For lasting relief, much of this still applies, so I’ve noted that, too.

I’ll divide them into DO, TAKE, and DON’T DO.


  1. Walk for 20-30 minutes 3 times today, and every day until you’re regular (see above). Then walk at least 20-30 minutes daily thereafter. Walking specifically (not running) is fantastic for resolving constipation.
  2. Buy and use a Squatty Potty for proper elimination posture on the toilet.
  3. Abdominal massage, especially with diluted lemon essential oil: follow the colon up from lower right quadrant (where the ileocecal valve is), across the top, and down on the left.
  4. Body work to reactivate the vagus nerve and “reset” your nervous system. A full Chiropractic adjustment is ideal, especially if it includes visceral manipulation of the abdomen and an adjustment of the ileocecal valve, which might be stuck open. CranioSacral Therapy, massage and acupuncture can also work well, to reactivate the vagus nerve and get you out of sympathetic nervous system dominance (“fight or flight”) which may be a contributing factor.
  5. Yoga for constipation.
  6. Intermittent fasting.
  7. Eat LOTS of vegetables (7 – 10 servings per day; strive for a diverse variety of 50 different types every month)
  8. Test for food allergies, both acute and delayed response (I use and recommend only Functional testing, which goes deeper than most).


  1. Drink a gallon of water in the next 72 hours. Then drink at least half your body weight pounds in ounces of water every day, out of glass or stainless steel, not plastic (ex: if you weigh 200 pounds, drink 100 ounces).
  2. Do a magnesium load: take 125 mg every half hour until you poop. Magnesium citrate is the best of the many magnesium forms for this purpose.
  3. Do an Abscorbate Flush.
  4. Use an enema (for this purpose, a readily available prefilled saline Fleet’s Enema suffices; coffee enemas with appropriate equipment for constipation, but also deeper detox, are a classic tool that I also often recommend for a more comprehensive strategy).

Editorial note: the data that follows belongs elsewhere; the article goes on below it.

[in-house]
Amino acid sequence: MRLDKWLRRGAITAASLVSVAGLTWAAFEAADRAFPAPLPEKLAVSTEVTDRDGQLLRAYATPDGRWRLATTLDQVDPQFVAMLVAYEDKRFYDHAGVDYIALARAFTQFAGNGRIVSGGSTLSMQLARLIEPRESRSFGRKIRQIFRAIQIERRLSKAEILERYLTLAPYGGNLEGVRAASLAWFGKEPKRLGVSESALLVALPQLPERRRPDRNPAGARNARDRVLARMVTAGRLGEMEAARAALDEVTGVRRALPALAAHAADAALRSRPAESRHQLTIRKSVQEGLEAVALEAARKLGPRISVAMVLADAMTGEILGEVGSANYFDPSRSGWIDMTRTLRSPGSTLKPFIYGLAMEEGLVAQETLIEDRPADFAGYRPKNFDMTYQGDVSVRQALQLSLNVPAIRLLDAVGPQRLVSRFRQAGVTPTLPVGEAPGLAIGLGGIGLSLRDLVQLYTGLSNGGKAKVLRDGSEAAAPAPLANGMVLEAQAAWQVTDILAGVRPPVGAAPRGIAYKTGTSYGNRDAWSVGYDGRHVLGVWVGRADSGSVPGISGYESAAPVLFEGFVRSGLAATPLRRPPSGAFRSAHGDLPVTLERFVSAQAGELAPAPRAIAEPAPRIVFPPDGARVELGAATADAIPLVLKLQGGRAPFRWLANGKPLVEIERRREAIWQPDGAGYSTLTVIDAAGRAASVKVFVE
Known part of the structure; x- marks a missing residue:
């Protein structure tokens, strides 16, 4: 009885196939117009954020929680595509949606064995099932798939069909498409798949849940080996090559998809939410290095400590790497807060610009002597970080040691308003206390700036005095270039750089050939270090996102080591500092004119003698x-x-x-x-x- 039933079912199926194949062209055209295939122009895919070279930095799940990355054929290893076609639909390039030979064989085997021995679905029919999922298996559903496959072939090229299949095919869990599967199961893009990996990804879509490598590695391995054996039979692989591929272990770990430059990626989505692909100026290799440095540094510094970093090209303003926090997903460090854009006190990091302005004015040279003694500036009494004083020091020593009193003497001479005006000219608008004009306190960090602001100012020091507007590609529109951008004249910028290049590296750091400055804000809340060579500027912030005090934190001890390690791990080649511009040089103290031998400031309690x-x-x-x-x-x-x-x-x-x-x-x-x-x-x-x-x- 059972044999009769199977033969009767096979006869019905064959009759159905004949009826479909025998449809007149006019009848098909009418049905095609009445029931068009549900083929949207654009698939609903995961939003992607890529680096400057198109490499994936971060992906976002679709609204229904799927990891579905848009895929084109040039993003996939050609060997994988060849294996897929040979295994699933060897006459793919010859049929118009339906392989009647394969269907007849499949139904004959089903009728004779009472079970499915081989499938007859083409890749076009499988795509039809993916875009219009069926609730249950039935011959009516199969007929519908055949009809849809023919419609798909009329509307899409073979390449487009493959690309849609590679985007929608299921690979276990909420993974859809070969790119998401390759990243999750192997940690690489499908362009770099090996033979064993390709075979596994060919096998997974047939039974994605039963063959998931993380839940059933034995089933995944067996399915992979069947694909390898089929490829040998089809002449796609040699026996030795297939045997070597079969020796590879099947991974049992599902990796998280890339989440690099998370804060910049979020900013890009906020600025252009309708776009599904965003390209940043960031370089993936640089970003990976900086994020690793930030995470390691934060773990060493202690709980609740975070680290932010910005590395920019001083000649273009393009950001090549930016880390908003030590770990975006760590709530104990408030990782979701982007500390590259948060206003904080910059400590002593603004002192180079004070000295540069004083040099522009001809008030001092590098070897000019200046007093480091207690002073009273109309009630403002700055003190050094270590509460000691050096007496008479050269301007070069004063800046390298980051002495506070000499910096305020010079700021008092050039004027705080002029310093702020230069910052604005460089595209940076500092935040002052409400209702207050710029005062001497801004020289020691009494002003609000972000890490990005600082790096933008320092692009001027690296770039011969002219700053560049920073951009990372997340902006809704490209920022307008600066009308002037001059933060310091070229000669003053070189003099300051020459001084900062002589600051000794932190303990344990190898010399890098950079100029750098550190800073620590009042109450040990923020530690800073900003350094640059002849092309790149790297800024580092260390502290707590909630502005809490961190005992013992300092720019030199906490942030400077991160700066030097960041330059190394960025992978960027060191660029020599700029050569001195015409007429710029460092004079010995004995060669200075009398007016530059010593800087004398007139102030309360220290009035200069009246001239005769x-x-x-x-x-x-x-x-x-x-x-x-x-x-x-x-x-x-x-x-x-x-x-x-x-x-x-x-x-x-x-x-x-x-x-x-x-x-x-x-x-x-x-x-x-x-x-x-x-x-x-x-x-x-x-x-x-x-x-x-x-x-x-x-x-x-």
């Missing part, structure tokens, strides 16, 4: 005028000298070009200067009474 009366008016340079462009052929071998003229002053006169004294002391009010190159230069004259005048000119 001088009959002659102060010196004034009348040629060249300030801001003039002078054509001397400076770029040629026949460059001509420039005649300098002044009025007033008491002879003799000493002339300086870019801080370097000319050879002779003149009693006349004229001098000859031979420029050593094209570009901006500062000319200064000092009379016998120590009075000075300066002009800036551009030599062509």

5. Sometimes…occasionally…for a specific time…not on a regular basis, a healthy laxative is warranted. Avoid anything with cascara sagrada or senna. THIS or THIS are the only ones I recommend.
  6. Ongoing, consider a healthy probiotic. These are not all created equal. For this purpose, I like THIS or THIS. 


  1. Constipation is often a result of eating foods that your body is reacting to. Cut out all grains, sugar, and dairy for 30 days (and possibly forever).
  2. Don’t take any laxatives except the ones I recommended above. THIS POST goes into why more deeply.
  3. Don’t ignore. You are designed to function, and proper elimination is a very important part of that. The consequences of constipation can be grave.

There you go. That’s the straight poop on constipation.

If you need my help, reach out.

And please share this post with those who need to get this information – Let’s all be healthy and be truly regular, my friend!

Yours in health,

Dr. Wade Binley

articles cited:

Dr. Wade Binley, DC CFMP

Dr. Wade Binley, DC CFMP

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1 thought on “CONSTIPATION – Do, Take, Don’t Do”

  1. Great article. Thank you. I am so grateful for your wisdom and years upon years of research and your passion for us all to be healthy and fully of vitality!!